The gist of the sentiment was that fantasy players wanted Aaron Jones and A.J. Dillon to both be in situations where they are workhorse running backs, getting 25 to 30 touches per game. After all, volume reigns supreme in fantasy. In a two-QB dynasty league, just having two guys who are starting can seem impossible at times. Targets and carries equal points, generally speaking. And when they must share, it’s seen as not hitting their peak potential.
However, for Aaron Jones, less is more. Jones has shared a backfield with Jamaal Williams – who signed with Detroit – for his entire career. Before head coach Matt LaFleur took over, Jones played two seasons, 12 games each year. During those two seasons, he ran for 5.53 and 5.47 yards per carry, and was RB24 in PPR leagues during his sophomore season. As an early Aaron Jones truther, I was wondering what in the heck was going on with his usage. Turns out, a lot of the issues with the offense pre-2019 had to do with Mike McCarthy’s scheme.
Once LaFleur came in and emphasized the run game through a heavy-personnel approach, Jones blossomed into the RB2 playing 16 games and, despite missing two games this past season, was still RB5.
Jones and Williams played all four of their seasons together, coming out of the same draft. The timeshare didn’t affect Jones then and won’t now, as Dillon was always meant to be more of a Williams replacement as a physical runner who can wear defenses down.
In his RB2 season of 2019, Jones only topped 84 percent of snaps in two games and never went over 25 carries in a single game. Heck, he only carried the ball over 20 times three times that season and his highest number of carries came in Week 17 – a week that often does not matter in fantasy leagues. Keeping Jones fresh and not allowing him to break down will only help his value.
Dillon, on the other hand, is still a bit of a wild card. He missed several games this season due to COVID-19 and we’re finding more recently that this illness has a bigger effect on some athletes than others. In his limited usage, though, he looked like a player who is absolutely going to exhaust defenses in December. In Week 16 when he saw the majority of RB snaps (58 percent), he rumbled for 124 yards on 21 carries and scored twice.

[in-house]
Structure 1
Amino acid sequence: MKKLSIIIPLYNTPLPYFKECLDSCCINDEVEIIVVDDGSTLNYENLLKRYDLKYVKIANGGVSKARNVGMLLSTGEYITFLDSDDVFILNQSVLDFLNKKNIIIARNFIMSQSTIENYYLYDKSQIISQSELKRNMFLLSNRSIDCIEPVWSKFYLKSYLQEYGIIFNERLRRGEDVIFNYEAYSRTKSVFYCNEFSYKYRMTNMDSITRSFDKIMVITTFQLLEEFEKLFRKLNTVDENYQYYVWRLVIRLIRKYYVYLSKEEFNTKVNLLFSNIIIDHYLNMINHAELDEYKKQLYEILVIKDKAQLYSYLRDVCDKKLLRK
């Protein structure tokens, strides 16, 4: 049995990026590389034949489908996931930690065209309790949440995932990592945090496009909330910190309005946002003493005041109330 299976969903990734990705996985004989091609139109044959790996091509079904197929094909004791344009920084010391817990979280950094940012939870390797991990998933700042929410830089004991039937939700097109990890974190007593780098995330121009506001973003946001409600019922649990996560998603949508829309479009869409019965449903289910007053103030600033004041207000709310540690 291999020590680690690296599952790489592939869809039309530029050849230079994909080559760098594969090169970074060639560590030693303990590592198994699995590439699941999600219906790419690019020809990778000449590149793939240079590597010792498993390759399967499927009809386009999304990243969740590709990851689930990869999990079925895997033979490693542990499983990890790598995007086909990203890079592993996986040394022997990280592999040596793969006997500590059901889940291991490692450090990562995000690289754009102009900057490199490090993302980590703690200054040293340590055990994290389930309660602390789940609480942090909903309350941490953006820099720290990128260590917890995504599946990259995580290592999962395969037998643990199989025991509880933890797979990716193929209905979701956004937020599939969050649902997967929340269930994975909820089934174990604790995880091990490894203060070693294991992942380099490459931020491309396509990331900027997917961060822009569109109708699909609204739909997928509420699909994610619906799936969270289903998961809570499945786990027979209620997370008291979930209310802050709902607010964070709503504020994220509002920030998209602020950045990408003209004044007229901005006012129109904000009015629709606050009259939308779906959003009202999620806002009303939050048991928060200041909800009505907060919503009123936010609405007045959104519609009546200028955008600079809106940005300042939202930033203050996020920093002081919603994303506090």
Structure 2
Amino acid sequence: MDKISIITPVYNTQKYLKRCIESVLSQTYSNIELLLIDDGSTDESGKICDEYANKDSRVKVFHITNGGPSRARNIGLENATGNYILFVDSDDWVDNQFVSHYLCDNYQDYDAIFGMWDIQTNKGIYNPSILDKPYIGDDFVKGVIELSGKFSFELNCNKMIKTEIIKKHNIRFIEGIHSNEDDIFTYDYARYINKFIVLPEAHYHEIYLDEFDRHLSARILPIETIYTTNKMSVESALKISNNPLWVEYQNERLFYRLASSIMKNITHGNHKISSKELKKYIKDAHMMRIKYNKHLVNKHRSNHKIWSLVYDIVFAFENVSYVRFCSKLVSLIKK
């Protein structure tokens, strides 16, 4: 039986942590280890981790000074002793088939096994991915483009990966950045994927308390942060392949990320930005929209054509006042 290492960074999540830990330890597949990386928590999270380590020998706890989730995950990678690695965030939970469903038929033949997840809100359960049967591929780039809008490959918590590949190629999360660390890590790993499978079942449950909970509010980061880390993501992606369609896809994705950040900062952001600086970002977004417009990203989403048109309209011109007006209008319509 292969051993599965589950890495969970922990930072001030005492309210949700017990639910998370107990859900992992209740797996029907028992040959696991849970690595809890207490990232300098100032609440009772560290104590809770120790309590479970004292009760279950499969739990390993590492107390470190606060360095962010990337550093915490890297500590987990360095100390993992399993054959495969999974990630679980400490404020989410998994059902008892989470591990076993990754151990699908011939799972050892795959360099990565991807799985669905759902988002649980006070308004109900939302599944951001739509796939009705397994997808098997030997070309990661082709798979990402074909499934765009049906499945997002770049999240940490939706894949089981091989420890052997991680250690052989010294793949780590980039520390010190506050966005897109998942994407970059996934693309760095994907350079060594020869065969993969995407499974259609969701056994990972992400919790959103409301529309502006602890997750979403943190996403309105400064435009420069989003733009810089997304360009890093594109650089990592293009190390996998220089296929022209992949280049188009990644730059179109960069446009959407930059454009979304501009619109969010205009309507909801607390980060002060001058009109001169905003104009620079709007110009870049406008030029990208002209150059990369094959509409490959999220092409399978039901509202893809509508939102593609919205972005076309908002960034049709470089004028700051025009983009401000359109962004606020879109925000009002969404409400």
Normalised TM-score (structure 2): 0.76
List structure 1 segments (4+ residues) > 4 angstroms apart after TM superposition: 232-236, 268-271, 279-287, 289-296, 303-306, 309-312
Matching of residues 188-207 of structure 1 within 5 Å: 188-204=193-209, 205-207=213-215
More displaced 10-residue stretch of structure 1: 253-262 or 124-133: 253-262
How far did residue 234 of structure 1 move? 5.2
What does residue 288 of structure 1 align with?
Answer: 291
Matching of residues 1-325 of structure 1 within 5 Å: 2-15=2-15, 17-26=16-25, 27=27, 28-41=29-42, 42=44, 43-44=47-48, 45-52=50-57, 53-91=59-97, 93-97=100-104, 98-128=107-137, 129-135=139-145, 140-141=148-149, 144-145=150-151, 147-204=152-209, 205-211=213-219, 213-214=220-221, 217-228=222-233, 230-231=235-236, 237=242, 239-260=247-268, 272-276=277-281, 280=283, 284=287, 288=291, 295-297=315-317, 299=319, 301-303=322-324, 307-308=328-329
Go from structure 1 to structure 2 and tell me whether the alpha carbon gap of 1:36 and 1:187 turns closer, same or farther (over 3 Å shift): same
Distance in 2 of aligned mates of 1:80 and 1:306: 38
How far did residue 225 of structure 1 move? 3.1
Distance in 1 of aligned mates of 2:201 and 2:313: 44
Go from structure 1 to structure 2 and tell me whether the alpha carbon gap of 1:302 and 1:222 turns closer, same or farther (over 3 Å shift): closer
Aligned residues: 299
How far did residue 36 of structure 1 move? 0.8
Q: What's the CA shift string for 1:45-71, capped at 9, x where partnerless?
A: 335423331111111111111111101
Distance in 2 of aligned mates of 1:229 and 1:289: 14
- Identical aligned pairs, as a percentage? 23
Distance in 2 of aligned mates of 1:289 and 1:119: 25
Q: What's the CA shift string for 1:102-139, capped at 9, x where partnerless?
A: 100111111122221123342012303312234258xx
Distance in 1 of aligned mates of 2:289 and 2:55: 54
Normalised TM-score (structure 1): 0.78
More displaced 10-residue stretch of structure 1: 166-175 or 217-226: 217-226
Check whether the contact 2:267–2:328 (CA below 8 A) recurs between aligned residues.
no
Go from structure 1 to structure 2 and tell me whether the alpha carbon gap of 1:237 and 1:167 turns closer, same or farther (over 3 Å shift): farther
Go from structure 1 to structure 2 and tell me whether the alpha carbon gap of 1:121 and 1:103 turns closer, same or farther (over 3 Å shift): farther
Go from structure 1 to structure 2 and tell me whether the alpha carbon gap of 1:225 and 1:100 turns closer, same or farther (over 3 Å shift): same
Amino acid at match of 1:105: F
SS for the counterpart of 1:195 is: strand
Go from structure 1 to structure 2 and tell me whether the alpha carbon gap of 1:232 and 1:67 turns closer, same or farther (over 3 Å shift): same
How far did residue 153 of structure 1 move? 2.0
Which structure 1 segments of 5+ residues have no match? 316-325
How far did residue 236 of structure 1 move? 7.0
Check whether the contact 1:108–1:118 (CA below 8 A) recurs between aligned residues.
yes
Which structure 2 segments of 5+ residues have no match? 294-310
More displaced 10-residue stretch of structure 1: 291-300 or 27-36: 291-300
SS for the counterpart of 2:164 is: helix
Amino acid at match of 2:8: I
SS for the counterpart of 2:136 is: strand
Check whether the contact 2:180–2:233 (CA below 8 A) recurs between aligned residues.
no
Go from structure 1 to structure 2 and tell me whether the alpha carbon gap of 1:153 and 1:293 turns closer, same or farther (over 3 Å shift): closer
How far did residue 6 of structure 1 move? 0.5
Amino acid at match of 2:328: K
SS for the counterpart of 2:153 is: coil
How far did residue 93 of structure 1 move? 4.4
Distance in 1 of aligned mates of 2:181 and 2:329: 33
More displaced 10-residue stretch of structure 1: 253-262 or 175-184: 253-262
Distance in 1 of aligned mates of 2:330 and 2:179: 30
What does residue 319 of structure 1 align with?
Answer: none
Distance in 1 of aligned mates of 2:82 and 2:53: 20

Jamaal Williams’ best season came in his rookie year as six total touchdowns helped him get up to RB31 status in PPR leagues, but before the LaFleur offense took hold, he never averaged more than four yards per carry. Williams was never the most skilled runner and Dillon is better than him in that area, but Williams’ efforts in the passing game will be tough for Dillon to duplicate. If he could duplicate that, Dillon can still be a top-25 RB in 2021 putting up the occasional RB1-type performance in a given week, even as a backup to Jones.
Another key aspect for Dillon will be whether or not he gets a full training camp in. Last year’s virtual schedule and limited work before the season wasn’t helpful for development. If Dillon hits the ground running for Year two, there’s no reason the Packers can’t have a monster backfield (both in real and in fantasy terms) like the Nick Chubb-Kareem Hunt tandem in Cleveland.